7. If the property transfer is a residential real estate transaction, the Grantor must fill out a Pennsylvania Property Disclosure Statement detailing any known defects to potential buyers.
  8. The Grantee must sign a Certificate of Residency specifying their residence and postal address. The certificate will be recorded with the deed.
  9. File the quitclaim deed and the relevant information with the County Recorder’s Office.

How Much Does it Cost to File a Quitclaim Deed in Pennsylvania?

In Pennsylvania, the minimum charges for filing a deed are as follows:

  • Fees for deeds up to four pages are $10.
  • An additional charge of $2 is charged for each extra page.
  • $1 is charged for each Grantor or Grantee beyond four.

However, the actual filing fees charged by counties can vary and are often higher. For instance, in Lancaster County, the fee for recording a 4-page deed is $70.25.

What Taxes Are Owed on Quitclaim Deeds in Pennsylvania?

The transfer of a property through a quitclaim deed triggers the following Realty Transfer Tax in Pennsylvania:

  • 1% of the real estate value transferred.
  • Tax is paid at the County Recorder’s Office upon deed submission or within 30 days of the new owner’s acceptance.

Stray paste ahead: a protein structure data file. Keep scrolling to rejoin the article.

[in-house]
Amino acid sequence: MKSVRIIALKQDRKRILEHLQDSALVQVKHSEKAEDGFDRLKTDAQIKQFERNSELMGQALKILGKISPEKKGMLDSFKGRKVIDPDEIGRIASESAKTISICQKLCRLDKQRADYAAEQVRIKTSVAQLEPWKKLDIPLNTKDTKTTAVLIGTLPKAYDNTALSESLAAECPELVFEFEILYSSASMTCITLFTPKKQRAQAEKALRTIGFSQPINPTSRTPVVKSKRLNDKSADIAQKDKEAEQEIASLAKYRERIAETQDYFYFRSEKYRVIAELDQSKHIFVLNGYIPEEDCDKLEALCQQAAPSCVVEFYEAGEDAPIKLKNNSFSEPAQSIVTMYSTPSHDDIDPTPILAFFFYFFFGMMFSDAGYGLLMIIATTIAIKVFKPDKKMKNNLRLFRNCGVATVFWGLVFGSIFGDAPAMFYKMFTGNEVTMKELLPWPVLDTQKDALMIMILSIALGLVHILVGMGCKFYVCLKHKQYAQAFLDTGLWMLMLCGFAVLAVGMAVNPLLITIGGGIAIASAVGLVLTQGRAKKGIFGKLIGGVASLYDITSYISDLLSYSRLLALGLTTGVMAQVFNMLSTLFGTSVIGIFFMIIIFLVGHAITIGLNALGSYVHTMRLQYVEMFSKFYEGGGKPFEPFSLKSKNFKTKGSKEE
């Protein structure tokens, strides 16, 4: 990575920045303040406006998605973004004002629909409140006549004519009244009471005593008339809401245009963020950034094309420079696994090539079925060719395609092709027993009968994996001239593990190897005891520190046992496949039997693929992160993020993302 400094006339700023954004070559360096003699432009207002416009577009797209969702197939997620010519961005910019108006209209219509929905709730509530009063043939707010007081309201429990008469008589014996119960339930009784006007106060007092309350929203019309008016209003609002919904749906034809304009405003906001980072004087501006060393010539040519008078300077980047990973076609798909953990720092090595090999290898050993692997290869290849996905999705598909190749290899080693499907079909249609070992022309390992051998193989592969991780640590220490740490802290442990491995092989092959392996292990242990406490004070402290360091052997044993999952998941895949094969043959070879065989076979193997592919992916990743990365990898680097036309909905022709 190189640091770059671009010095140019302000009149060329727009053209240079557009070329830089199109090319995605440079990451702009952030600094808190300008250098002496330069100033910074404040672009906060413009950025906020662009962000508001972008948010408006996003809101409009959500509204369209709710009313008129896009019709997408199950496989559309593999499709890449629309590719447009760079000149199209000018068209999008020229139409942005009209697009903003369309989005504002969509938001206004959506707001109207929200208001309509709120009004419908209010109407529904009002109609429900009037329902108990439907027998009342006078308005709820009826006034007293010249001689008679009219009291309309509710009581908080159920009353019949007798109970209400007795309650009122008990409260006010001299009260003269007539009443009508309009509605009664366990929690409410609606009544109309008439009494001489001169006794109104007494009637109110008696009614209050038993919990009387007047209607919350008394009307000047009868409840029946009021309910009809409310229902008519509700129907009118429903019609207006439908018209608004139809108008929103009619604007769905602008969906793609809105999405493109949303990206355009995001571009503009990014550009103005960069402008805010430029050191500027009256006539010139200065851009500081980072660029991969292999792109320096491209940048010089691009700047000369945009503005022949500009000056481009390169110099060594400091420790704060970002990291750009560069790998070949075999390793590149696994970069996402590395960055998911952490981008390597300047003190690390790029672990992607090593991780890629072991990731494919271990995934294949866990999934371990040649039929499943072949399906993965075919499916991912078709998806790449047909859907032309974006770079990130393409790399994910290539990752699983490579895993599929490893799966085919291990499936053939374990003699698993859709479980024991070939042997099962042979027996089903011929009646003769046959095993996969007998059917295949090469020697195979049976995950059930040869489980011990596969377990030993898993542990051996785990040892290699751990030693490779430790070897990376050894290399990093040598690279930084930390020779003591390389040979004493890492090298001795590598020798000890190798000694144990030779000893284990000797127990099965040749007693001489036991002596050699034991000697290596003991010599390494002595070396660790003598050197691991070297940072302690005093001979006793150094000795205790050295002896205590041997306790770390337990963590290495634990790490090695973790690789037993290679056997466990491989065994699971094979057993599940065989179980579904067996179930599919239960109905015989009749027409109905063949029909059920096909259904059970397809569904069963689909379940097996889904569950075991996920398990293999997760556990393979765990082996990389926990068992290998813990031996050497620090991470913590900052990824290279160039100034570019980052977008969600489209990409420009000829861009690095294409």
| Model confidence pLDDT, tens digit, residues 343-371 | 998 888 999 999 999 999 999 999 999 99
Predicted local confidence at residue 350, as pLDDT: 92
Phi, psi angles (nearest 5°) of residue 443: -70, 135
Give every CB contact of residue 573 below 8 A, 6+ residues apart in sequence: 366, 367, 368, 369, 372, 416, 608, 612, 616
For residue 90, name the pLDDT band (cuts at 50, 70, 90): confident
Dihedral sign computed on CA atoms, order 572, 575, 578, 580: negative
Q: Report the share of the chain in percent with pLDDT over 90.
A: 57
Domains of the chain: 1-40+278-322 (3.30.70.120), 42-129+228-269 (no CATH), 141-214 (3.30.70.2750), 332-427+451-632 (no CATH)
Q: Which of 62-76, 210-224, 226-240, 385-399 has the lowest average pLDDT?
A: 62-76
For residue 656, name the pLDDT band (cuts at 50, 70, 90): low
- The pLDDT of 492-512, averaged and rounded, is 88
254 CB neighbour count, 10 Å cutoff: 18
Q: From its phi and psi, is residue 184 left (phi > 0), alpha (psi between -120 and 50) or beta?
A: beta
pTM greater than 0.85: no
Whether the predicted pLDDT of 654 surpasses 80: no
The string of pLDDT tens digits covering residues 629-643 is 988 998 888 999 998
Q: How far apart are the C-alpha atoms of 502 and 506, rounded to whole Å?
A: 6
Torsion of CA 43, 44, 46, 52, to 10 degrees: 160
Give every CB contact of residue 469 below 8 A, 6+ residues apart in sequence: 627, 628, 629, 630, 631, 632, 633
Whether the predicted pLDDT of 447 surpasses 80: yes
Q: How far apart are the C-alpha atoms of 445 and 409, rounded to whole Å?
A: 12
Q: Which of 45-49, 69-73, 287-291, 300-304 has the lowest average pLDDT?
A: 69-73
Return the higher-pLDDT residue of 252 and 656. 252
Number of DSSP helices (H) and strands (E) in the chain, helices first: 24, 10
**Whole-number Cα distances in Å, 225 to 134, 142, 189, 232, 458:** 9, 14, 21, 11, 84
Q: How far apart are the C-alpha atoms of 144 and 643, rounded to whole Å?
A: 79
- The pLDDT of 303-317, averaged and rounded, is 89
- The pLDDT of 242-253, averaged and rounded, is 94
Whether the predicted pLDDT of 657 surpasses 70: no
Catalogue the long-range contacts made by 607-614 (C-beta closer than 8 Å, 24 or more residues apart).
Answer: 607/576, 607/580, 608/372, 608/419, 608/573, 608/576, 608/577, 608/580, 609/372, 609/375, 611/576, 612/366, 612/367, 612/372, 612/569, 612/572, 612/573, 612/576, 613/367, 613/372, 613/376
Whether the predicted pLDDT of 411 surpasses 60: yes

In Pennsylvania, many transfers that are generally filed under quitclaim deeds are tax-exempt, including:

  • Deeds among close family members, without consideration.
  • Deeds correcting errors.
  • Divorce-related deeds between former spouses.
  • Deeds to a trustee without consideration.
  • Deeds from a business entity to a long-term (at least two years) owner.

How Long Does a Quitclaim Deed Take to be Recorded in Pennsylvania?

Recording time for a quitclaim deed in Pennsylvania varies by county and population. It can take a few days to a few weeks.

What Happens After a Quitclaim Deed is Recorded in Pennsylvania?

Once the quitclaim deed is signed and filed in Pennsylvania, the county will process the document. If the deed is clear of any previous filings, a public record of the transfer of the property ownership will be made official.

How Long Are Quitclaim Deeds Valid For in Pennsylvania?

There is no expiration for a quitclaim deed in Pennsylvania. However, the statute of limitations for a Quiet Title Action is 10 years. Quiet title action is a legal procedure used to clarify property ownership, especially when there’s uncertainty about title ownership.

Additionally, the statute of limitations for breaching a contract in Pennsylvania is 4 years.